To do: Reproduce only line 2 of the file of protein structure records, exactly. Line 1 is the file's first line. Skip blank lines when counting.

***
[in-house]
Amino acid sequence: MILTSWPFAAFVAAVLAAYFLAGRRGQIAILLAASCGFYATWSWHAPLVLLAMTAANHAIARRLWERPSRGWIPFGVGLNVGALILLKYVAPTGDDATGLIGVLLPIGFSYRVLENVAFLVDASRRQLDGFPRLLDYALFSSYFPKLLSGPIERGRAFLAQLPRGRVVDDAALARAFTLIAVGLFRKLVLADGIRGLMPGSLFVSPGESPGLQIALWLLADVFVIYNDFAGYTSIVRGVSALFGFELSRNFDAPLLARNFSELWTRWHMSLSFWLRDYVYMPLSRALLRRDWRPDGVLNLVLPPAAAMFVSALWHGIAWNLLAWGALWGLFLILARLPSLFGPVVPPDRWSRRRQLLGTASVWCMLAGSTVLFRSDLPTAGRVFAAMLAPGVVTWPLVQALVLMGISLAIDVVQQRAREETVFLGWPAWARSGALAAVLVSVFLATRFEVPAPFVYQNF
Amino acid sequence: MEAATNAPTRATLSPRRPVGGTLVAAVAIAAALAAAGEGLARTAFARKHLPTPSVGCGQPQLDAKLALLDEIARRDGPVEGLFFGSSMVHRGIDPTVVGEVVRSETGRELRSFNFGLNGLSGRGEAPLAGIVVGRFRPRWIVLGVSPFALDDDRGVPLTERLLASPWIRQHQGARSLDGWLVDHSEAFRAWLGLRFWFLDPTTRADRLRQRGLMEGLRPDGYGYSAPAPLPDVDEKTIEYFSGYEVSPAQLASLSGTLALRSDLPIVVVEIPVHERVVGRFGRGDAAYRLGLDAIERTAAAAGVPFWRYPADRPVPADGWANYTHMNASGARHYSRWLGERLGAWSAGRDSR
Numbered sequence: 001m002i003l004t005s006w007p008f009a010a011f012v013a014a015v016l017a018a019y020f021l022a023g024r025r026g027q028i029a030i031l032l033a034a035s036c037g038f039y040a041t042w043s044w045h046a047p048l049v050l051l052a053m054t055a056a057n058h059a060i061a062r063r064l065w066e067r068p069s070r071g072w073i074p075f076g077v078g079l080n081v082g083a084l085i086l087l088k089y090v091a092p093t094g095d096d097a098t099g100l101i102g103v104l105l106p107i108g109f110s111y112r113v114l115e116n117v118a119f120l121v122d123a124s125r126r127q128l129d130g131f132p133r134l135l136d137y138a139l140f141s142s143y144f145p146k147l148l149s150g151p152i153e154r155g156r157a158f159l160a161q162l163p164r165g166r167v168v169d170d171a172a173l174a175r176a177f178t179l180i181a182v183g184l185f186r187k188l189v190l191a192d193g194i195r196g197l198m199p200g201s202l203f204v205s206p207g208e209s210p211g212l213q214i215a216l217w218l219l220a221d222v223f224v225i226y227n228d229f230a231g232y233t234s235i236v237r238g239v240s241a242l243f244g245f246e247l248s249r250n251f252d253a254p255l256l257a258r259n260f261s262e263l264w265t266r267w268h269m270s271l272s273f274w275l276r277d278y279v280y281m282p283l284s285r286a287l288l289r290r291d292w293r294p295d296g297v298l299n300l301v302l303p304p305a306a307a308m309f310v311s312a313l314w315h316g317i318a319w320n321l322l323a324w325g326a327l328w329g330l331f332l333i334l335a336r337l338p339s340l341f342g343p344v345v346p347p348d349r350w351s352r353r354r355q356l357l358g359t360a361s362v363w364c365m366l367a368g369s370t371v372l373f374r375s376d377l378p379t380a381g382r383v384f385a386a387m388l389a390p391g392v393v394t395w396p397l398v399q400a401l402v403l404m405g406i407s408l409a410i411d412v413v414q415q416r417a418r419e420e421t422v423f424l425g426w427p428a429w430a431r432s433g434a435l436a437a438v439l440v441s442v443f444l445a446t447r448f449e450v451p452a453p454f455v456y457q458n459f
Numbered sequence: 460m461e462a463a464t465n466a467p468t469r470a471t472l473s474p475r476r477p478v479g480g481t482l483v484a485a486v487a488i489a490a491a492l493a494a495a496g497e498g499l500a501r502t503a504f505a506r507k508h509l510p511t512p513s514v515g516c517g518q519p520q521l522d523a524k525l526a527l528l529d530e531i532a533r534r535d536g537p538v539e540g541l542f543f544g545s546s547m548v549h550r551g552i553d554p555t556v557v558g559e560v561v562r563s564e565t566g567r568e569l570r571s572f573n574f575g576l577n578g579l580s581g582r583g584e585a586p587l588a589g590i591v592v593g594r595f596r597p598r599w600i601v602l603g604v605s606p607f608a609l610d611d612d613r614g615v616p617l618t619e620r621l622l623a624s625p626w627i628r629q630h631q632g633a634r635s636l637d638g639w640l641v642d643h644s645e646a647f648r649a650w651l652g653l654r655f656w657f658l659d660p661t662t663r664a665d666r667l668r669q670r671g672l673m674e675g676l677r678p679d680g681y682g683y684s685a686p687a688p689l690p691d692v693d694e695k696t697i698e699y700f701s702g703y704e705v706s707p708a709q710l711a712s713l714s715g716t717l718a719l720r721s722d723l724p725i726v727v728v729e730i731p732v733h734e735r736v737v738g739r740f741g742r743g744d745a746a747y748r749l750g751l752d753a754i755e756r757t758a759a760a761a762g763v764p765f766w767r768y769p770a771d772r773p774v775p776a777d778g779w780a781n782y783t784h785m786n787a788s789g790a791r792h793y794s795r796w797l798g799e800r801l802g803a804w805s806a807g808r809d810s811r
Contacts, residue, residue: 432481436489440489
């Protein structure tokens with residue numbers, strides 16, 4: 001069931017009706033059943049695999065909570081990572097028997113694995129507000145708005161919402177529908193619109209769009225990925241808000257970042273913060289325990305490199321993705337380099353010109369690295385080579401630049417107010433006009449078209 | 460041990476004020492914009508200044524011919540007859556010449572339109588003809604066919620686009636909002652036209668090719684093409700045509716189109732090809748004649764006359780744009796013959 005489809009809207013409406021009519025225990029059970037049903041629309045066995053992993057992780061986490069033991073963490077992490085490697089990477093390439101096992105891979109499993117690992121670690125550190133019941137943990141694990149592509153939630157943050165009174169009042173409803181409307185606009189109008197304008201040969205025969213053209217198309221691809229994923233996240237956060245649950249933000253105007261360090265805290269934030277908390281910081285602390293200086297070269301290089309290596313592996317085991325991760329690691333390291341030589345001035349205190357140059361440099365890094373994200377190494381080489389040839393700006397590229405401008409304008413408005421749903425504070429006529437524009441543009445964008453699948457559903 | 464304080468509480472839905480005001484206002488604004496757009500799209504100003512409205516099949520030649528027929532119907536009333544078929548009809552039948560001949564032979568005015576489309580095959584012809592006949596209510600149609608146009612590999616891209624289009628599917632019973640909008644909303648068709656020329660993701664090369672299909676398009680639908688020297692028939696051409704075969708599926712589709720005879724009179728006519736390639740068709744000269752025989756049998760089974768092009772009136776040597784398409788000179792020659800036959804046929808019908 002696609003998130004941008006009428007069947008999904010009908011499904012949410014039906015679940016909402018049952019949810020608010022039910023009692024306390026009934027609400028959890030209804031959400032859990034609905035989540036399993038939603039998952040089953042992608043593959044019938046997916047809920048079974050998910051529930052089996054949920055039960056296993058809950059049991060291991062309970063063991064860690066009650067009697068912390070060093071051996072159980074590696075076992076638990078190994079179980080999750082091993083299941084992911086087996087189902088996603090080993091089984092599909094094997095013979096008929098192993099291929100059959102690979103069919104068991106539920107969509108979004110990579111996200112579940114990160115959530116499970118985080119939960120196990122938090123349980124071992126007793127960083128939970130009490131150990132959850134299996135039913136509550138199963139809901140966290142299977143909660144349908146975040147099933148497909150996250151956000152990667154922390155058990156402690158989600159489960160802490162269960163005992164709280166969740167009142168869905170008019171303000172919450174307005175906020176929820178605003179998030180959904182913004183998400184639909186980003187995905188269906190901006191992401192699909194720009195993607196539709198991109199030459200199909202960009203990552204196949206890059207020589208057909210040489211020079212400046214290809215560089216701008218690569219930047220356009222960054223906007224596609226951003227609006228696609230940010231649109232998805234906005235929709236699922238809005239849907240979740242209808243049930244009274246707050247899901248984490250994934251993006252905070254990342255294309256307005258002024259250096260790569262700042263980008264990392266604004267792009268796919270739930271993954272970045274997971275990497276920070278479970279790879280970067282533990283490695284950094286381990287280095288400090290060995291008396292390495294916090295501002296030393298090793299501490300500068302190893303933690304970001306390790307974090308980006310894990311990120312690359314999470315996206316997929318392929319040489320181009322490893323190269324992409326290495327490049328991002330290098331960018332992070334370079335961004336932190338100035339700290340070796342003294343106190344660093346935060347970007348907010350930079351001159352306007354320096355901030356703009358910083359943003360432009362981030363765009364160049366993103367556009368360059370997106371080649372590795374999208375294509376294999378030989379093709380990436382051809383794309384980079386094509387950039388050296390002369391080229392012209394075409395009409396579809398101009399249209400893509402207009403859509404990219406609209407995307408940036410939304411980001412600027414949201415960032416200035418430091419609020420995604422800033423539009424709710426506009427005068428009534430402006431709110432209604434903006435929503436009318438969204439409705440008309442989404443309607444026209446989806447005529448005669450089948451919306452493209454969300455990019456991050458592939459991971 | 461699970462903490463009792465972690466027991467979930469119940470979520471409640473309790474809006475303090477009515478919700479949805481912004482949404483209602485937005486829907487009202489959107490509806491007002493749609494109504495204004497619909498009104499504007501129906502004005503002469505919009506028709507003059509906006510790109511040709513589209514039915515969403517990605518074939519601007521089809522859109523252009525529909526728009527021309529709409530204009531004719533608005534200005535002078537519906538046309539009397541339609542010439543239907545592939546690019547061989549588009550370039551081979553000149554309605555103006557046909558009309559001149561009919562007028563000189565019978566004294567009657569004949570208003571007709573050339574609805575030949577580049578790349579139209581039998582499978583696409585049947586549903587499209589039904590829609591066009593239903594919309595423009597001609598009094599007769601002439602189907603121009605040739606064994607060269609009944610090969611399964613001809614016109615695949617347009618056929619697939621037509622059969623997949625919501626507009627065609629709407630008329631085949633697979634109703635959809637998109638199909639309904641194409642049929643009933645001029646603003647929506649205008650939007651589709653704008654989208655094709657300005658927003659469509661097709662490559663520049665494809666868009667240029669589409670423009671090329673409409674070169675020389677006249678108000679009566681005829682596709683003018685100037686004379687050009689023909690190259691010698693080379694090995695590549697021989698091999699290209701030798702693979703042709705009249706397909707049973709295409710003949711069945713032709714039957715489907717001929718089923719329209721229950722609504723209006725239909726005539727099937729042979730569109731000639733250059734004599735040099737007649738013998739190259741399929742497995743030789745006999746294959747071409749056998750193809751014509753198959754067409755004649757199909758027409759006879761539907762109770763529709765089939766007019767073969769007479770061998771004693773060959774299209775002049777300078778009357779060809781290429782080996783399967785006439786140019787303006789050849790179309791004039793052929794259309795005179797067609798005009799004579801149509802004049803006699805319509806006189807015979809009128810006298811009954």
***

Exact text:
Amino acid sequence: MILTSWPFAAFVAAVLAAYFLAGRRGQIAILLAASCGFYATWSWHAPLVLLAMTAANHAIARRLWERPSRGWIPFGVGLNVGALILLKYVAPTGDDATGLIGVLLPIGFSYRVLENVAFLVDASRRQLDGFPRLLDYALFSSYFPKLLSGPIERGRAFLAQLPRGRVVDDAALARAFTLIAVGLFRKLVLADGIRGLMPGSLFVSPGESPGLQIALWLLADVFVIYNDFAGYTSIVRGVSALFGFELSRNFDAPLLARNFSELWTRWHMSLSFWLRDYVYMPLSRALLRRDWRPDGVLNLVLPPAAAMFVSALWHGIAWNLLAWGALWGLFLILARLPSLFGPVVPPDRWSRRRQLLGTASVWCMLAGSTVLFRSDLPTAGRVFAAMLAPGVVTWPLVQALVLMGISLAIDVVQQRAREETVFLGWPAWARSGALAAVLVSVFLATRFEVPAPFVYQNF